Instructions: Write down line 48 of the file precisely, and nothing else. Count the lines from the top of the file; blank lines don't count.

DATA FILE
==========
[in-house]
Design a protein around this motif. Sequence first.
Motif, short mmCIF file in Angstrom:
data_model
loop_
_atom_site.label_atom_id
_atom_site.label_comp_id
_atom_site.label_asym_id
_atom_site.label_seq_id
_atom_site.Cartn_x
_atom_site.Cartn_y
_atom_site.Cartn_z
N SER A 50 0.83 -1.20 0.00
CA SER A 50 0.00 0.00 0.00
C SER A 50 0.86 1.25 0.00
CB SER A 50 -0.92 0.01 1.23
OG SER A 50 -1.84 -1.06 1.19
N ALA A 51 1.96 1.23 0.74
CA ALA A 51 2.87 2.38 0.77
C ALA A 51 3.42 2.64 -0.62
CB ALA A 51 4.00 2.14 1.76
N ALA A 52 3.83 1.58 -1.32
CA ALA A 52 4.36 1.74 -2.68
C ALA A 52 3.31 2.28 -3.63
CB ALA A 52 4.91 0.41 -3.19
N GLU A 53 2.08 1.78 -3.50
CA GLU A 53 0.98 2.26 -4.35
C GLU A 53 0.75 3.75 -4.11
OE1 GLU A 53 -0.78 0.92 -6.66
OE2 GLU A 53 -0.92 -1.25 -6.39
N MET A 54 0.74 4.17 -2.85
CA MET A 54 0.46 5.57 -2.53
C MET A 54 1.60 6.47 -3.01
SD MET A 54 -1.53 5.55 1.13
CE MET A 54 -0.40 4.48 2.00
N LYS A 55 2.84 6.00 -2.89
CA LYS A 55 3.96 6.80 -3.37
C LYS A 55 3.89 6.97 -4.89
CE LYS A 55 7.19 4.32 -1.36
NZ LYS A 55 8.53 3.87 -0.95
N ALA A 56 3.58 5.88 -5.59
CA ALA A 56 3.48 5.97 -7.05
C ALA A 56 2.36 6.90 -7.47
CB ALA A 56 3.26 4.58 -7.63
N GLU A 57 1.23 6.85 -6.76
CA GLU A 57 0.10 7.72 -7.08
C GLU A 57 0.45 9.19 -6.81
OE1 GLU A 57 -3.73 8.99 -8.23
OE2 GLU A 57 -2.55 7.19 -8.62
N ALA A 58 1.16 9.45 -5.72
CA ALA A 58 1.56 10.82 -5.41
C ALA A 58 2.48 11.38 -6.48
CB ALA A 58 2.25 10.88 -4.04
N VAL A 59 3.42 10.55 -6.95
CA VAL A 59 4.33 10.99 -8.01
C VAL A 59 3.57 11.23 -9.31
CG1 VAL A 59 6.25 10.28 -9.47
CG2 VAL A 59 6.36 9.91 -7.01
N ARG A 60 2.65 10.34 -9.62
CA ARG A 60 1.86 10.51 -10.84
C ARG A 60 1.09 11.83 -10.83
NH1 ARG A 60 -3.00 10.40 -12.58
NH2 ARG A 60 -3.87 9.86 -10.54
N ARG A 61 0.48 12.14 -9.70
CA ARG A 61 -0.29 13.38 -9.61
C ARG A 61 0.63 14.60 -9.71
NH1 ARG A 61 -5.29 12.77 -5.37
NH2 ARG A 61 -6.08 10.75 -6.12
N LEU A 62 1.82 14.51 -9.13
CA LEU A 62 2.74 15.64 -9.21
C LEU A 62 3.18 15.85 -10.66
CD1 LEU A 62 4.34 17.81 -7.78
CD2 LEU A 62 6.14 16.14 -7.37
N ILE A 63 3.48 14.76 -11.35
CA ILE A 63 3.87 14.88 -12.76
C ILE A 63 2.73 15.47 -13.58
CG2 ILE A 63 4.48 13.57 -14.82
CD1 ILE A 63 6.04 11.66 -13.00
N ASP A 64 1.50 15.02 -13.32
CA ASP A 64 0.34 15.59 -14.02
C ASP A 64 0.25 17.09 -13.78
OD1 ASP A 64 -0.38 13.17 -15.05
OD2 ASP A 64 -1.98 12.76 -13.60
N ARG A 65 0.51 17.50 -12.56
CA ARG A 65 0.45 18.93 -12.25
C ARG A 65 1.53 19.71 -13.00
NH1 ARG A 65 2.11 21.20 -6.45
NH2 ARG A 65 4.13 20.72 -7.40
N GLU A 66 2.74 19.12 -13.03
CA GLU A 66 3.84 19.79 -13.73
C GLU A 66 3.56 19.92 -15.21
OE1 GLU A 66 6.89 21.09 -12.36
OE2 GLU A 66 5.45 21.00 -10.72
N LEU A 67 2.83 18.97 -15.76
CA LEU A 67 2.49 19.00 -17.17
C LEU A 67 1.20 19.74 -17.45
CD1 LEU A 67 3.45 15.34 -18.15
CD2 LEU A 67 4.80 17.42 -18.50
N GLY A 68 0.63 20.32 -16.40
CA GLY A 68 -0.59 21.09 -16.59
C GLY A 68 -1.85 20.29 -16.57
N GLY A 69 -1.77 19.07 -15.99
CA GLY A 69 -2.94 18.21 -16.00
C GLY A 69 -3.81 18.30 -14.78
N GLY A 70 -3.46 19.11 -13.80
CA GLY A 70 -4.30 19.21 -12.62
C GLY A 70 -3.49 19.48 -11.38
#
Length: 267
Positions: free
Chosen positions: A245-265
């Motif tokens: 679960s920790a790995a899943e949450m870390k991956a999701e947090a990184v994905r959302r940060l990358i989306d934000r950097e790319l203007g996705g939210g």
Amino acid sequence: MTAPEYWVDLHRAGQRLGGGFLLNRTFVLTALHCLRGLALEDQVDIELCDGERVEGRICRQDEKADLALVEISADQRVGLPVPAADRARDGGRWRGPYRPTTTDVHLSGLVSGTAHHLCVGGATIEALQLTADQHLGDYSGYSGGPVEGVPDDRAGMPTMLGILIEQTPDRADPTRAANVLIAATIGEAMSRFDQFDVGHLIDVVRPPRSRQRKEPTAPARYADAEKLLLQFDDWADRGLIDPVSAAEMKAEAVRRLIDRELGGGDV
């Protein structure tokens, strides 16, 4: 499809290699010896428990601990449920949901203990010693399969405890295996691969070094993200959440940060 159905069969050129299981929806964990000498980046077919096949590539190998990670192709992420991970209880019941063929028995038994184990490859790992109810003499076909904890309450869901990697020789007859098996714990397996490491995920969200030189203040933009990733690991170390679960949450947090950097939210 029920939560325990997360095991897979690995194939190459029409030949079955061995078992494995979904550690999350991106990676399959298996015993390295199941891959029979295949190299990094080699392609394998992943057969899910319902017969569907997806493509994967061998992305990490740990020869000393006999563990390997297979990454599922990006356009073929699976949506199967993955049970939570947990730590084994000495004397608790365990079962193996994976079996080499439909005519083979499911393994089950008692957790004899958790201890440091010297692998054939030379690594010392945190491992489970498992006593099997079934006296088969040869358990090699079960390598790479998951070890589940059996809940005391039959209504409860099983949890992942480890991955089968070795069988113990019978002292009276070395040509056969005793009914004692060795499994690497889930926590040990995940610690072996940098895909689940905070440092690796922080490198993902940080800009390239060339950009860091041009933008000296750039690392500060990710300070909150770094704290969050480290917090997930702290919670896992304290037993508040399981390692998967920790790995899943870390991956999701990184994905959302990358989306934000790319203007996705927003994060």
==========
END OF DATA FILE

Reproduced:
OE1 GLU A 57 -3.73 8.99 -8.23